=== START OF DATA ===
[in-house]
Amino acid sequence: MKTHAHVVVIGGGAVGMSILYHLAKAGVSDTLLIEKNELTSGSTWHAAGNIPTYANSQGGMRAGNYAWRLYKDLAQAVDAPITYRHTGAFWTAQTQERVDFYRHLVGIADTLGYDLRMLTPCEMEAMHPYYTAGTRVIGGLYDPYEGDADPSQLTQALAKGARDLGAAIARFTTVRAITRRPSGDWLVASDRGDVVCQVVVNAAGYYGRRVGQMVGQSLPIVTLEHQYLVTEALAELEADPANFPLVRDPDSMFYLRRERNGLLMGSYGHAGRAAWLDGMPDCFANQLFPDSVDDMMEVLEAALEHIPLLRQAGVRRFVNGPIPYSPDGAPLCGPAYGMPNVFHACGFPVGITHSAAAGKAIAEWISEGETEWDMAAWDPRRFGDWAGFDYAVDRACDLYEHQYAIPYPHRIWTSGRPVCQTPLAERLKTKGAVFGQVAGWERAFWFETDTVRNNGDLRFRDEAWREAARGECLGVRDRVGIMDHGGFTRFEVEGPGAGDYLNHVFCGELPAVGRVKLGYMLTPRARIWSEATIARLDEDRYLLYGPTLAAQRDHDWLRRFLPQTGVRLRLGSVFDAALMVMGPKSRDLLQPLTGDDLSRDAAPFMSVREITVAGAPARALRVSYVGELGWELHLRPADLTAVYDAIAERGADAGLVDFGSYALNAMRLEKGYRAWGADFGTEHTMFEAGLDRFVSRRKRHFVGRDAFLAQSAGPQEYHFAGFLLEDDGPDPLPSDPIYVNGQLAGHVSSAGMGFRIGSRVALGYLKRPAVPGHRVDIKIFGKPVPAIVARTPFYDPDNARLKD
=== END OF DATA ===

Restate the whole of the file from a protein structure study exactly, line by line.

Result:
[in-house]
Amino acid sequence: MKTHAHVVVIGGGAVGMSILYHLAKAGVSDTLLIEKNELTSGSTWHAAGNIPTYANSQGGMRAGNYAWRLYKDLAQAVDAPITYRHTGAFWTAQTQERVDFYRHLVGIADTLGYDLRMLTPCEMEAMHPYYTAGTRVIGGLYDPYEGDADPSQLTQALAKGARDLGAAIARFTTVRAITRRPSGDWLVASDRGDVVCQVVVNAAGYYGRRVGQMVGQSLPIVTLEHQYLVTEALAELEADPANFPLVRDPDSMFYLRRERNGLLMGSYGHAGRAAWLDGMPDCFANQLFPDSVDDMMEVLEAALEHIPLLRQAGVRRFVNGPIPYSPDGAPLCGPAYGMPNVFHACGFPVGITHSAAAGKAIAEWISEGETEWDMAAWDPRRFGDWAGFDYAVDRACDLYEHQYAIPYPHRIWTSGRPVCQTPLAERLKTKGAVFGQVAGWERAFWFETDTVRNNGDLRFRDEAWREAARGECLGVRDRVGIMDHGGFTRFEVEGPGAGDYLNHVFCGELPAVGRVKLGYMLTPRARIWSEATIARLDEDRYLLYGPTLAAQRDHDWLRRFLPQTGVRLRLGSVFDAALMVMGPKSRDLLQPLTGDDLSRDAAPFMSVREITVAGAPARALRVSYVGELGWELHLRPADLTAVYDAIAERGADAGLVDFGSYALNAMRLEKGYRAWGADFGTEHTMFEAGLDRFVSRRKRHFVGRDAFLAQSAGPQEYHFAGFLLEDDGPDPLPSDPIYVNGQLAGHVSSAGMGFRIGSRVALGYLKRPAVPGHRVDIKIFGKPVPAIVARTPFYDPDNARLKD